The Limited edition of the kit of the US WWII aircraft carrier-based fighter FM-2 Wildcat in 1/48 scale. This version of the Wildcat was built by the Eastern Aircraft Division of General Motors and was easily recognizable thanks to taller fin.
- Eduard plastic parts
- Photoetched parts
- Decals Eduard
Markings and colours:
- General Motors FM-2 Wildcat, pilot Ens. Darrell C. Bennett, VC-10, USS Gambier Bay, August 1944
- General Motors FM-2 Wildcat, pilot Lt. Leopold M. Ferko, VC-4, USS White Plains, November 1944
- General Motors FM-2 Wildcat, VC-69, USS Guadalcanal, spring/summer 1944
- General Motors FM-2 Wildcat, pilot Lt(jg) Harry N. O’Connor, VC-8, USS Nehenta Bay, August 5, 1945
- General Motors FM-2 Wildcat, VC-80, USS Manila Bay, autumn 1944
- General Motors FM-2 Wildcat, pilot Lt. O’Neill, VC-13, USS Tripoli, spring 1944
- General Motors FM-2 Wildcat VC-93, pilot Lt(jg) Robert Sullivan, USS Petrof Bay, Okinawa, April–May 1945
- General Motors FM-2 Wildcat VC-14, USS Hogatt Bay, November 1944
- General Motors FM-2 Wildcat VC-27, pilot Lt. Ralph Elliot, Jr., USS Savo Island, January 1945
- General Motors FM-2 Wildcat VI, JV640, pilot Sub-Lt W. Park, No. 881 Squadron FAA, HMS Pursuit, August 1944
More about the FM-2 Wildcat
The General Motors Eastern Aviation FM-2 Wildcat was an American fighter-attack aircraft that was a development of the earlier F4F Wildcat model. The FM-2 Wildcat was designed and produced during World War II, and its effectiveness was the result of numerous factors. Here are some aspects that influenced the assessment of the effectiveness of the FM-2 Wildcat aircraft:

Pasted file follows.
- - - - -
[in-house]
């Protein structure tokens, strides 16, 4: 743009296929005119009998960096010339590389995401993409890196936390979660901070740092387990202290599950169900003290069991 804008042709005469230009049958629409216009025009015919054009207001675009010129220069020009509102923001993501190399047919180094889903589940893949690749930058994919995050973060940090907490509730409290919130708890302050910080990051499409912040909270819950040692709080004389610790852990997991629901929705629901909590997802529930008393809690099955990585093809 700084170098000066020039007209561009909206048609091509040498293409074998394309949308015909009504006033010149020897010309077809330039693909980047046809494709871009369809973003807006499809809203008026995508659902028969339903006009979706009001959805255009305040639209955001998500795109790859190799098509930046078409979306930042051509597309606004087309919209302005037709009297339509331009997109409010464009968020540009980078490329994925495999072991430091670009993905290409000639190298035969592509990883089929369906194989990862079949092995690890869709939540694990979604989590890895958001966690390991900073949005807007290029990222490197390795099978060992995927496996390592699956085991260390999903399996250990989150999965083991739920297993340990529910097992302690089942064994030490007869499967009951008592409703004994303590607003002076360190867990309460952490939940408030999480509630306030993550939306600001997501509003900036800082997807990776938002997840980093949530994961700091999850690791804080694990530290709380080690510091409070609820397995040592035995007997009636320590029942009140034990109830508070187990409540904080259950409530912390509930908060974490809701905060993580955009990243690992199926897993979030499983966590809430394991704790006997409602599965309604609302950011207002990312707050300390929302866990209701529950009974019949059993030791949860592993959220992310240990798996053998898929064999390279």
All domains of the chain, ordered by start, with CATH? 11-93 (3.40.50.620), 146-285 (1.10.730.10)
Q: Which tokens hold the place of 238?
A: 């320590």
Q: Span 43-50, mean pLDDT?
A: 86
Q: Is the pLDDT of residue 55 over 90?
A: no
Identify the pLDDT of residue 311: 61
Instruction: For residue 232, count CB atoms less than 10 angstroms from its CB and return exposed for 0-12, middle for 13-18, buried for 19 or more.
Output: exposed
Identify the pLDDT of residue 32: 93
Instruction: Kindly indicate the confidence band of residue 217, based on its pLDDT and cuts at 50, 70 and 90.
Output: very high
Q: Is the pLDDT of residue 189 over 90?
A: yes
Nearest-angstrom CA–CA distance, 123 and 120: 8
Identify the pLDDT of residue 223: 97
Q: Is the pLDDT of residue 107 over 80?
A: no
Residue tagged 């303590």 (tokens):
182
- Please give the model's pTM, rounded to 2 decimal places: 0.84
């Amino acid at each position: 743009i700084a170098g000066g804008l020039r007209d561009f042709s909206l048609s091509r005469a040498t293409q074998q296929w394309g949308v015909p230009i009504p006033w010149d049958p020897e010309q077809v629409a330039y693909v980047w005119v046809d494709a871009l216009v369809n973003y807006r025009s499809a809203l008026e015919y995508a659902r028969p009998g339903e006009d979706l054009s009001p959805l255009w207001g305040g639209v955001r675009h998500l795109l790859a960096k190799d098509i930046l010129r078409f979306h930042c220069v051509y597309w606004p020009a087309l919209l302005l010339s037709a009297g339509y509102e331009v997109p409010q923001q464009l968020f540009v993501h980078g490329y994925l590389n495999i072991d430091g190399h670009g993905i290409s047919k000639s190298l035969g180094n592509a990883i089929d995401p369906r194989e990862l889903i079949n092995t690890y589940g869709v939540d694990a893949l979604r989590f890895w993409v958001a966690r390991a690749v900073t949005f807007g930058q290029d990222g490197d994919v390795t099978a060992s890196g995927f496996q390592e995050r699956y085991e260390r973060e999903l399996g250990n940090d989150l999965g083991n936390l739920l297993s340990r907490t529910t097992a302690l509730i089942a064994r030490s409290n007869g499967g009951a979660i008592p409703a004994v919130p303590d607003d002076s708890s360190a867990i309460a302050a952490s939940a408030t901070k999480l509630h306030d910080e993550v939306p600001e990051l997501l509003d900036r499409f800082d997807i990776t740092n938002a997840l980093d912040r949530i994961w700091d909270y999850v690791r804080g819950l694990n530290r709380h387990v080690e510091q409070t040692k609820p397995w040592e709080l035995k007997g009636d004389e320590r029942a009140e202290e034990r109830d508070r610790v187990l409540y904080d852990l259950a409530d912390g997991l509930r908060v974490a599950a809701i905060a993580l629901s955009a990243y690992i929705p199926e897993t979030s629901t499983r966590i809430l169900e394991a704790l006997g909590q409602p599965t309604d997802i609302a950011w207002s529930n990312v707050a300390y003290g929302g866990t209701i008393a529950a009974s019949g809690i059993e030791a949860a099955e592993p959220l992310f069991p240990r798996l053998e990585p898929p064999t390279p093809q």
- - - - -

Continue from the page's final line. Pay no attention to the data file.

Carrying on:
- Armor and Durability: The FM-2 Wildcat was known for its solid armor and rugged construction. This made the aircraft able to survive in harsh combat conditions and withstand the damage that often occurred during dogfights.
- Adaptation and Late Releases: The FM-2 was produced later than earlier Wildcat models, allowing for some improvements. Changes to the engine and efficiency resulted in better performance compared to earlier versions of the F4F.
- Fighter and attack operations: The FM-2 was used as both a fighter and attack aircraft aboard aircraft carriers. Its unguided missile attack capabilities were important for anti-ship operations and ground support for US Marines during the Iwo Jima and Okinawa campaigns.
- Comparison with other carrier-based fighters: While the FM-2 Wildcat had some limitations compared to more advanced fighter aircraft such as the Grumman F6F Hellcat or Vought F4U Corsair, it still served as an important support in the Air Force composition.
- Participation in the Pacific War: The FM-2 Wildcat was used extensively in the Pacific theater, especially in support operations in the final stages of World War II, when more advanced models were introduced for strike duties. His contribution to carrier defense and operations against Japanese air, sea and ground forces was significant.
Overall, the effectiveness of the FM-2 Wildcat was due to its survivability, versatility and tenacity in combat. While not a high-performance aircraft, it played a significant role in supporting naval operations during World War II.